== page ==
He cited a survey by the Transport Ministry that showed 24 per cent of the archipelago’s population of more than 260 million were insisting on joining the exodus after Ramadan.
Last year, about 19.5 million people made the journey, the government says, and Joko added that 7 per cent of Indonesians had already set out this year.
The world’s fourth most populous country has recorded 6760 virus infections, south-east Asia’s second highest tally after the neighbouring city state of Singapore, though some estimates put the figure far higher.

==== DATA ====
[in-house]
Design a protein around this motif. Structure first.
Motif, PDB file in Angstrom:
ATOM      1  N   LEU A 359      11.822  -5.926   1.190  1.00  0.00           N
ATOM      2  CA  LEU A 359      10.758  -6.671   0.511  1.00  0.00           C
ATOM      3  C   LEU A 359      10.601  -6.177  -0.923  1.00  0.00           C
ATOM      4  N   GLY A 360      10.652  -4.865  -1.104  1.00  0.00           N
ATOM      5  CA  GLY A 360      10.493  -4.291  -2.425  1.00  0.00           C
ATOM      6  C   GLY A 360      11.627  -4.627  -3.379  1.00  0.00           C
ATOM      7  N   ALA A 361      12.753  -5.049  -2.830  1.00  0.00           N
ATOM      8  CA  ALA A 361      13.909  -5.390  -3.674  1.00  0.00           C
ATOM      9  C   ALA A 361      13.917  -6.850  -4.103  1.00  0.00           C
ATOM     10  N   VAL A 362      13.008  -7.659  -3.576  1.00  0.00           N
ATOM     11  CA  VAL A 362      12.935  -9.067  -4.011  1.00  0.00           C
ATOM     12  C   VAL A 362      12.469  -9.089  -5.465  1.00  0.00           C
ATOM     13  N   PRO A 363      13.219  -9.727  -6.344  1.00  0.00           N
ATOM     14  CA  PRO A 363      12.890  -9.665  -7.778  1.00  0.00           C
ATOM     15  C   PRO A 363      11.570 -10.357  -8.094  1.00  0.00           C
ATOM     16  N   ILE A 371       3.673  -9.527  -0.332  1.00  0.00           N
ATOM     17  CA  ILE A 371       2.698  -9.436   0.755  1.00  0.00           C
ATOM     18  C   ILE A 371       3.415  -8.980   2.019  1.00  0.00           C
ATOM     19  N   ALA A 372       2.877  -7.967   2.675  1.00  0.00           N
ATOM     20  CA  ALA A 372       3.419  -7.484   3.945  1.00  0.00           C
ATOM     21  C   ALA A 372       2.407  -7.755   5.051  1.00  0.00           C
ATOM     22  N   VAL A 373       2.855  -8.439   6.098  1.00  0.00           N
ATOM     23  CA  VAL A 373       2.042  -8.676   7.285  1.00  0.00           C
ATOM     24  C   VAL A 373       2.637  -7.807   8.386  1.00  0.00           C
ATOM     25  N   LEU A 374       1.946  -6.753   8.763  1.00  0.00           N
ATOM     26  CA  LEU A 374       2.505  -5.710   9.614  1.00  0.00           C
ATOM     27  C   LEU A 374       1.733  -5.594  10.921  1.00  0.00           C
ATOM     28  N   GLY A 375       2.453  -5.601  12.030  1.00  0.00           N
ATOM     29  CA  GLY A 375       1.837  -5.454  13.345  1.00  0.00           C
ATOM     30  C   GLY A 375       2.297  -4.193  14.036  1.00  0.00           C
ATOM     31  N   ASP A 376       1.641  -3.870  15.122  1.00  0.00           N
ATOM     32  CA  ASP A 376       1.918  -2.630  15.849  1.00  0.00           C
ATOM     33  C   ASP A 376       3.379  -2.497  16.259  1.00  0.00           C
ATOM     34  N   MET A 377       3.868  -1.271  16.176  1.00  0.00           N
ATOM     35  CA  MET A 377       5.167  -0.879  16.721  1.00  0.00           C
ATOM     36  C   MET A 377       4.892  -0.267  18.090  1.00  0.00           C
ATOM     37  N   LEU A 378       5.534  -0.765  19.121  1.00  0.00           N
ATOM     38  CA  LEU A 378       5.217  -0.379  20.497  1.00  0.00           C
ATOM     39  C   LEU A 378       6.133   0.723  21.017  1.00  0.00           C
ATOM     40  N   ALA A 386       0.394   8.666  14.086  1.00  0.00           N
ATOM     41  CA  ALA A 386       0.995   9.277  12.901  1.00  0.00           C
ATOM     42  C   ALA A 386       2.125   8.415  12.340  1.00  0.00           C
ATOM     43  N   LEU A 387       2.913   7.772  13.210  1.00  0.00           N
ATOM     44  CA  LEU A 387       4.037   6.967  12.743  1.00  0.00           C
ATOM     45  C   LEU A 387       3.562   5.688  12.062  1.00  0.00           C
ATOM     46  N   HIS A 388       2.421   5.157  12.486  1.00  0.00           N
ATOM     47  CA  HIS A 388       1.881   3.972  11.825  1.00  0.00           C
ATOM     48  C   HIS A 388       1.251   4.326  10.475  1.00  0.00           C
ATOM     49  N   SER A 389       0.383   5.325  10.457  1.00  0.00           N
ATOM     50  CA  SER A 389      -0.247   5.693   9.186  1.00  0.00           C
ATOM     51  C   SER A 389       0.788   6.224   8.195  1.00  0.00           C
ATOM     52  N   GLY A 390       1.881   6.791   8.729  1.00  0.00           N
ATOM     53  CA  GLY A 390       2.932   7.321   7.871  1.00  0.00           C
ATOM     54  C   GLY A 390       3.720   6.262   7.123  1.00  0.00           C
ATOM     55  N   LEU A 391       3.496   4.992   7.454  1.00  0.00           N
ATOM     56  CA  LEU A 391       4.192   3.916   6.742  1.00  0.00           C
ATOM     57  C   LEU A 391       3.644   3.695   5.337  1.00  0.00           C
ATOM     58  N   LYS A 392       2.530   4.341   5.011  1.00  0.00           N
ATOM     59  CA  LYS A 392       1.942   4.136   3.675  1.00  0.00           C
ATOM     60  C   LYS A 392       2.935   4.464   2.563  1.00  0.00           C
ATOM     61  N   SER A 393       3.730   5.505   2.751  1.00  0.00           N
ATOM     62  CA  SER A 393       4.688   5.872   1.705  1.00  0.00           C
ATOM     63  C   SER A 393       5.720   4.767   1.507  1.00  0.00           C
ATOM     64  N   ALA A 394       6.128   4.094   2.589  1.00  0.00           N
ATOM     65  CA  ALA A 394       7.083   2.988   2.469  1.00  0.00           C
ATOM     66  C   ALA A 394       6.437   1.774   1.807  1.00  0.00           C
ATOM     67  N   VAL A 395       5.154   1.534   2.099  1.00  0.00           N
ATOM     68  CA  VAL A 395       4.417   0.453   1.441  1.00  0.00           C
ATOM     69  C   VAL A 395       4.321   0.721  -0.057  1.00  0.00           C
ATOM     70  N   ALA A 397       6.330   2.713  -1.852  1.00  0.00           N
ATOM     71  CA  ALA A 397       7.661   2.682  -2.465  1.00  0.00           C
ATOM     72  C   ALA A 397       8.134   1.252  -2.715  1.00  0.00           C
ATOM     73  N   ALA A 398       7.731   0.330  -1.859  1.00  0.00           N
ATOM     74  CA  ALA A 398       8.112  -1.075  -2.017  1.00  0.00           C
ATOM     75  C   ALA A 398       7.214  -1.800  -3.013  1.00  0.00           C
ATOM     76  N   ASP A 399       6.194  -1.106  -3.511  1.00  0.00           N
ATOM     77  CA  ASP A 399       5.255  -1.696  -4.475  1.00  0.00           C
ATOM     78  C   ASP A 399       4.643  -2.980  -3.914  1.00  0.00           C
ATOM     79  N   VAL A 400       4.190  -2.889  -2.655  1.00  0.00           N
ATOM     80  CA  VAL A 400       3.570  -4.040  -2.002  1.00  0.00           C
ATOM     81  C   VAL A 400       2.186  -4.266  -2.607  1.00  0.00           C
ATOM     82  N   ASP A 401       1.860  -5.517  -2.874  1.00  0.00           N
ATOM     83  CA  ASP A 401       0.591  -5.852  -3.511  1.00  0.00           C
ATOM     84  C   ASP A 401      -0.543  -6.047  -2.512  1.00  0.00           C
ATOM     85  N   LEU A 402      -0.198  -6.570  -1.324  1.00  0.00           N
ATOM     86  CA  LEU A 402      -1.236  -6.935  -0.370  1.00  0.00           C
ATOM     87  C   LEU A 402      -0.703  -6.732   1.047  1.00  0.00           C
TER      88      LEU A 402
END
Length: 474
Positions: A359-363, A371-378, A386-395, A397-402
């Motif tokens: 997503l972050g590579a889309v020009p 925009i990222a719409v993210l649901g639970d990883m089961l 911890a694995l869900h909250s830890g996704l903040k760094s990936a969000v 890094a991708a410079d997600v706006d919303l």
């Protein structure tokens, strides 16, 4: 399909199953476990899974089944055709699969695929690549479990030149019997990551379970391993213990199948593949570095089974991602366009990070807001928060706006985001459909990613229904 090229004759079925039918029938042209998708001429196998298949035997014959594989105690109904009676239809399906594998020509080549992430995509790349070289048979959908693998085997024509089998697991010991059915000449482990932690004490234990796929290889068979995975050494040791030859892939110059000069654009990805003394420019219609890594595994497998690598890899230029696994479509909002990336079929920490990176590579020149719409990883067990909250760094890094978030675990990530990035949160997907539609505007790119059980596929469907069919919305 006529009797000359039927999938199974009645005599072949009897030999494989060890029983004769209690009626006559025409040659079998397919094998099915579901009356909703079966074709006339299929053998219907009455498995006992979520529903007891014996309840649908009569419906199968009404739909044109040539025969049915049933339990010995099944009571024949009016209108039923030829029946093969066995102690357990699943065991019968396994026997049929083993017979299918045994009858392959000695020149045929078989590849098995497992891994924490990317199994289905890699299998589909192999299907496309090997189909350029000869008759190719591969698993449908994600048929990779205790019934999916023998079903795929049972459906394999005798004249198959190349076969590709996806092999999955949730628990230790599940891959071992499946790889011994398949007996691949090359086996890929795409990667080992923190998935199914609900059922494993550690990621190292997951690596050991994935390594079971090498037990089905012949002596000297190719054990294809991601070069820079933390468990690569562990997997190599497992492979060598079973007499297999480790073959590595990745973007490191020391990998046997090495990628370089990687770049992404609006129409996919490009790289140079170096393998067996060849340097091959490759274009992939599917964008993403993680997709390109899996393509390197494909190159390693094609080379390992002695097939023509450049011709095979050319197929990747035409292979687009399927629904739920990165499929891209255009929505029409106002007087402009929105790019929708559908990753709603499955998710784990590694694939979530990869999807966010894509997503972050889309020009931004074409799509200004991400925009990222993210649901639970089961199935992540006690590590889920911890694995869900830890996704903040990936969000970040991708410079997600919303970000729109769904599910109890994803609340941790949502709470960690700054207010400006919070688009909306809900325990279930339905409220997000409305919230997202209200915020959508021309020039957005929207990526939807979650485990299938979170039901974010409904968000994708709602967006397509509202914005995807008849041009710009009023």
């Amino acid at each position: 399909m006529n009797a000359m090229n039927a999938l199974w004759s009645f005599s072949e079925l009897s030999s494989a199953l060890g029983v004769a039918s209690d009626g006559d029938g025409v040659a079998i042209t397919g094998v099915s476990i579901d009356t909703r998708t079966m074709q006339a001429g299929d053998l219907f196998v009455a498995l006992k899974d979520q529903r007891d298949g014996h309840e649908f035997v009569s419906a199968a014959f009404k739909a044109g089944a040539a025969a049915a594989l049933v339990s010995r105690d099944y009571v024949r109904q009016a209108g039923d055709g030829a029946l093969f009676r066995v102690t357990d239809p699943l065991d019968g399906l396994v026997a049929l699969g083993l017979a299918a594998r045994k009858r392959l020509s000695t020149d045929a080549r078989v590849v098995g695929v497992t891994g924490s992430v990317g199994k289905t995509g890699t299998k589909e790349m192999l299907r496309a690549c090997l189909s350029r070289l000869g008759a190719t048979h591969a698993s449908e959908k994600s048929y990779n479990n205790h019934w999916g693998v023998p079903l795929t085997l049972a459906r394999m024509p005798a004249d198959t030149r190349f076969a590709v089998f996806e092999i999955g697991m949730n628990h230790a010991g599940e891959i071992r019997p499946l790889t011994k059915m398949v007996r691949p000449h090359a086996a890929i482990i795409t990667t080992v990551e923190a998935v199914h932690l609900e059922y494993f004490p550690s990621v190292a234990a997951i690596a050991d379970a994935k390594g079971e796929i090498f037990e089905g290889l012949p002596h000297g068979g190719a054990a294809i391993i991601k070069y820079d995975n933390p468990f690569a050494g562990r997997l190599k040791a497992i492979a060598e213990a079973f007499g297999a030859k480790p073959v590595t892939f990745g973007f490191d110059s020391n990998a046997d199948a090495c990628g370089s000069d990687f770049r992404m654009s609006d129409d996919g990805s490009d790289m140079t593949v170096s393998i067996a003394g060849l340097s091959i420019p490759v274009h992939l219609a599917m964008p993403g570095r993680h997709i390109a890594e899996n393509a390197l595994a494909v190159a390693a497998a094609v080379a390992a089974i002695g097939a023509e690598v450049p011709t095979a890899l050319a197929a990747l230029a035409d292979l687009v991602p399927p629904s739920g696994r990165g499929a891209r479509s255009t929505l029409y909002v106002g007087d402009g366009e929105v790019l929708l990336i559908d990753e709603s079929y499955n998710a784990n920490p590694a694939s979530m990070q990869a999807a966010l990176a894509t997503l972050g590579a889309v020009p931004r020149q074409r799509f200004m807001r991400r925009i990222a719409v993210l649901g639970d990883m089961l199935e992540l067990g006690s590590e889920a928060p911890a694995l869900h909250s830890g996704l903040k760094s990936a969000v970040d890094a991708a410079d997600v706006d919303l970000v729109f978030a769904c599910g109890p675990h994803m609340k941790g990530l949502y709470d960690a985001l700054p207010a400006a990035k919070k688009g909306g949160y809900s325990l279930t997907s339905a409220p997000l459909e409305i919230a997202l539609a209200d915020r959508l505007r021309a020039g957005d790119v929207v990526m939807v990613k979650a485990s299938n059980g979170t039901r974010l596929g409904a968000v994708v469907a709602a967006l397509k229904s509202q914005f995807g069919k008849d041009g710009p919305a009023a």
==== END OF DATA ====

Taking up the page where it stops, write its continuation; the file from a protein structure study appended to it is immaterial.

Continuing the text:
In a study last week, researchers at the University of Indonesia’s public health faculty warned that if the exodus were permitted, it could lead to 1 million infections on Java by July. Java is the most populous island, home to Jakarta, the capital.
Now, the President is hoping his mudik ban will help curb the virus’ spread.
Ramadan begins this Thursday.